My father, William Henry Allerton (known as Henry throughout my life, though I don't know when this started) was born in Hammersmith, London on the 23rd February 1913.

He was apparently a sickly child, and he once talked about learning, as a result of an army medical examination, that he had a muscle missing somewhere in his chest, near his shoulder. I was too young to take much interest, so don't have any more details.

The family returned to Birmingham during his first few years, I don't know exactly when. I believe they were in the city somewhere, but Grandfather (John Thomas Allerton) soon obtained a plot of land on the Mount Estate.

The family later moved out to the Mount permanently, partly it was said because of my father's poor health, which suffered in the air pollution in the city.

Like all of the children, he attended Salter Street School, up to the age of 14. He appears to have been an intelligent person, but never really made up fully for his poor initial education.

I am not sure what sort of work he did, but he talked about hotel work. He appears to have moved from job to job, possibly living at home much of the time until he joined the army during the Second World War. He was a driver, and part of his time was spent driving tank transporters behind the lines during the campaign in North Africa.

He had met a woman during the 1930s from whom he learnt German - I don't have any more information about her, he was never apparently inclined to elaborate. As a result of his knowledge of German, he joined the Intelligence Corps in the latter part of the war, and spent time in Germany questioning prisoners. This was his first "white collar" job I think.

It must have been around this time that he met my mother Marjorie Joyce Ramsey, apparently while on leave in Southend-on-Sea, her home town. They only saw each other on a small number of occasions before marrying on 6th August 1945 - only later they learned this was "Hiroshima Day".

I got the impression that marriage settled my father down - he had been drifting before that.

After the war, he got a job with the Control Commission for Germany (CCG), because of his knowledge of German and experience in the Intelligence Corps. I am not sure exactly what he did, but again it appeared to be questioning people. Some of this appears to have been part of the de-Nazification program, finding out about what people had done before and during the war, and whether they were 'safe' ....

Initially he was alone, but my mother and I joined him sometime in 1946 or 1947. We moved around, only staying about 6 months in any one place. I know that we were in Lübeck and Lübecke (two different towns, about 200 miles apart!).

His job finished towards the end of 1949, and we returned home (including my brother Nick who was born in Hamburg in March 1949), and went to live with my mother's sister and husband (Eileen and Rob Bowhill) in the Southend area - 9 Glen Road, I can still remember the address!

This lasted some months I think, until we moved back to Birmingham in 1950.

My father got a job as a telephone operator, mostly evenings and nights, and he did hedge-cutting as a sideline during the day. He also worked in the building trade for his brother Ernie.

Money was very tight, despite my mother doing 'homework' in the garment industry, and I remember him working a great deal, and being very tired when he was at home. I don't think he found it easy relating to young children, but as we got older, he would show us how to do various mechanical jobs, and we spent time with him in such pursuits.

My father took Civil Service exams, at some time during the 1950s, and as a result moved to more regular hours doing clerical work (for what was then Post Office Telephones), at a higher rate of pay. I am not sure exactly when this was, but I think it was before 1956, as I think the better pay was what allowed us to move from Balsall Heath to Hall Green, in the Birmingham suburbs.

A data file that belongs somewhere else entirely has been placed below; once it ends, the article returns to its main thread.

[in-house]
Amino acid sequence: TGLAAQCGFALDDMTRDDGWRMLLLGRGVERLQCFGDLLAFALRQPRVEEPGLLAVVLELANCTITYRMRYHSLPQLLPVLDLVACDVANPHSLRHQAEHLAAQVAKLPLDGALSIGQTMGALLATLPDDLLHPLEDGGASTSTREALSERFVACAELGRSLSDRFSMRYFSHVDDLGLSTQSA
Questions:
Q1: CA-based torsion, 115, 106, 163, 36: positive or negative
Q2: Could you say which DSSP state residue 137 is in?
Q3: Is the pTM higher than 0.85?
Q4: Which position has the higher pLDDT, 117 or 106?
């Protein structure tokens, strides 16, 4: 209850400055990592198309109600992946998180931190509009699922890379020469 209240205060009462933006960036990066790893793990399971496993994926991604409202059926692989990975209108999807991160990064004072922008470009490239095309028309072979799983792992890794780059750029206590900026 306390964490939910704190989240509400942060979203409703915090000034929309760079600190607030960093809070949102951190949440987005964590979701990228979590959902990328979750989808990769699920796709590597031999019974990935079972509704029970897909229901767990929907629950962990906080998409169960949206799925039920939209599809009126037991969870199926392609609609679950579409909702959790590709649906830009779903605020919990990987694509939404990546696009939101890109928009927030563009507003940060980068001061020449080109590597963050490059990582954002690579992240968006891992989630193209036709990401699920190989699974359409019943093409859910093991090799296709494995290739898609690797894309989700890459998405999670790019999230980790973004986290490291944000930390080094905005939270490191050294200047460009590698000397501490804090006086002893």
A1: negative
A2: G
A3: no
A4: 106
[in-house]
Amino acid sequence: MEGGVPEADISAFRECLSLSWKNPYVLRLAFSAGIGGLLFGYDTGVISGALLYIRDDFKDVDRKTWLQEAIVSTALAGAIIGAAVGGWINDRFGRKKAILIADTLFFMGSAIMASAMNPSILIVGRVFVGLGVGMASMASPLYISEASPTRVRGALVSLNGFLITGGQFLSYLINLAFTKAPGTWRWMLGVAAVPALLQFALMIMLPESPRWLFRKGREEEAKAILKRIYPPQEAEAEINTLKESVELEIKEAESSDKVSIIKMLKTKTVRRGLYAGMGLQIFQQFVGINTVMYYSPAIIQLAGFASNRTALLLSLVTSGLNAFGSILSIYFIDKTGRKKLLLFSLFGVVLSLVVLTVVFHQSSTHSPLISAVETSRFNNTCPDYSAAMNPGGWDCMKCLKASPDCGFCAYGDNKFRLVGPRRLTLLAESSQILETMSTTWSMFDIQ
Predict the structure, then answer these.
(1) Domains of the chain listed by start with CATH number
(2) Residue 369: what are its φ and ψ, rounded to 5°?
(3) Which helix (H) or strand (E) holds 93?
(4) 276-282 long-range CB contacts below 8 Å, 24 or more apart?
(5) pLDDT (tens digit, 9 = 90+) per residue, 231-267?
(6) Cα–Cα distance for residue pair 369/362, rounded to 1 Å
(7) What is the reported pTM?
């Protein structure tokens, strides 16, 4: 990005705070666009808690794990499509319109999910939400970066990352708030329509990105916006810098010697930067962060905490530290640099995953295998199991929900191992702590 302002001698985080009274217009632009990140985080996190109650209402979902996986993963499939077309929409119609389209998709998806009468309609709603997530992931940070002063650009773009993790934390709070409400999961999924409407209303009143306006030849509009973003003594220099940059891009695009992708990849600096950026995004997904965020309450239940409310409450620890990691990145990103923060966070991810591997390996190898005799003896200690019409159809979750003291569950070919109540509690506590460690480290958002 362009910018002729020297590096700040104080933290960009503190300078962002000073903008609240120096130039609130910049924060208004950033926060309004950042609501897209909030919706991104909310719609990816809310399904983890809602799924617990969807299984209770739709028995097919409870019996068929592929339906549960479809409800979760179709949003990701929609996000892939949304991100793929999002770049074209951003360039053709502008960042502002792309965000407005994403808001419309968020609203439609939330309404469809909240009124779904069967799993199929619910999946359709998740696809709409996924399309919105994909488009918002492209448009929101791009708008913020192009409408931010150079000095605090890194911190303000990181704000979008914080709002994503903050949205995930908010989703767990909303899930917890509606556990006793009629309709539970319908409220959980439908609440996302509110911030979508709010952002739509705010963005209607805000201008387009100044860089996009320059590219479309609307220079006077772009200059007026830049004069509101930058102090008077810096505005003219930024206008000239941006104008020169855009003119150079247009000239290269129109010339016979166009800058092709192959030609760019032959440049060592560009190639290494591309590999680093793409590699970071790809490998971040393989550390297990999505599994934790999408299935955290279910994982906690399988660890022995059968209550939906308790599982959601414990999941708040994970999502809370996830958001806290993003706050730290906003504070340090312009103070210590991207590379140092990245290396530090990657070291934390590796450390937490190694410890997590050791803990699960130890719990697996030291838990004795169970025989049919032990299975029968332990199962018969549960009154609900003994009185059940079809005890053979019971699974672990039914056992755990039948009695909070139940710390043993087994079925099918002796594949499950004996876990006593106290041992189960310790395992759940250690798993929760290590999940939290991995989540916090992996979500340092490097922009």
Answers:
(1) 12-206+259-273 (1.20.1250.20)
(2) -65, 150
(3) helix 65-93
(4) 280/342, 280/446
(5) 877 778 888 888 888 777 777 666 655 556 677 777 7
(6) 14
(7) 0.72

My father continued to do some part time work hedge-cutting, and with Ernie, but was under less financial pressure. Nevertheless he did as much overtime as he could, and was always very fastidious in his work - he wanted to do it properly.

In 1961 he had the chance of a transfer to work in Oxford, and they both leapt at the chance - he went away working there initially from Monday to Friday, until he found rented accommodation at Blaythorne and the rest of the family joined him in August 1961.

By this time he had bought a new car - well a Reliant 3-wheeler - for the 20 mile journey to work.

It wasn't until 1963 that we moved to a new house in Charlbury, quite a step for my father.

This rather faded photo was taken in the back garden of 4 Church Close, Charlbury, Oxon, possibly in the late 1960s, or more likely, between 1970 and 1975.

This photo was taken June 1974 - grandchildren (Rachel, Richard, and Ben - but judging by their ages, the main culprit must have been Rachel) had taken advantage of his falling asleep and put on his head the bucket that had contained Lego.

He continued working for the Post Office after the age of 60, but at the age of 62 (in 1975) was obliged to retire, as part of a scheme to clear the workforce of older employees.

In 1976 my parents moved near to us in Blackburn, Lancs: they lived a mile or so from us. My father and I worked a large allotment (fortuitously) next to our house, and I think that it was at this time that we got to know each other better, and to enjoy each other's company more, a process that intensified later while we were living in Germany, and he visited us.

In July 1978 my mother had a heart attack - for the rest of us this was out of the blue, but she did say afterwards that she had been aware of chest pains on occasions before this. She was in hospital a week or two before returning home. Before this, my father had left domestic work to Mum, though he would always help out with shopping. My mother was very frightened and debilitated by her heart attack, and dad took over the running of the house completely, as well as looking after her. He did this without any trouble, seeing this as his duty, and he did it uncomplaining for 18 months, when my Mum died suddenly from a further heart attack.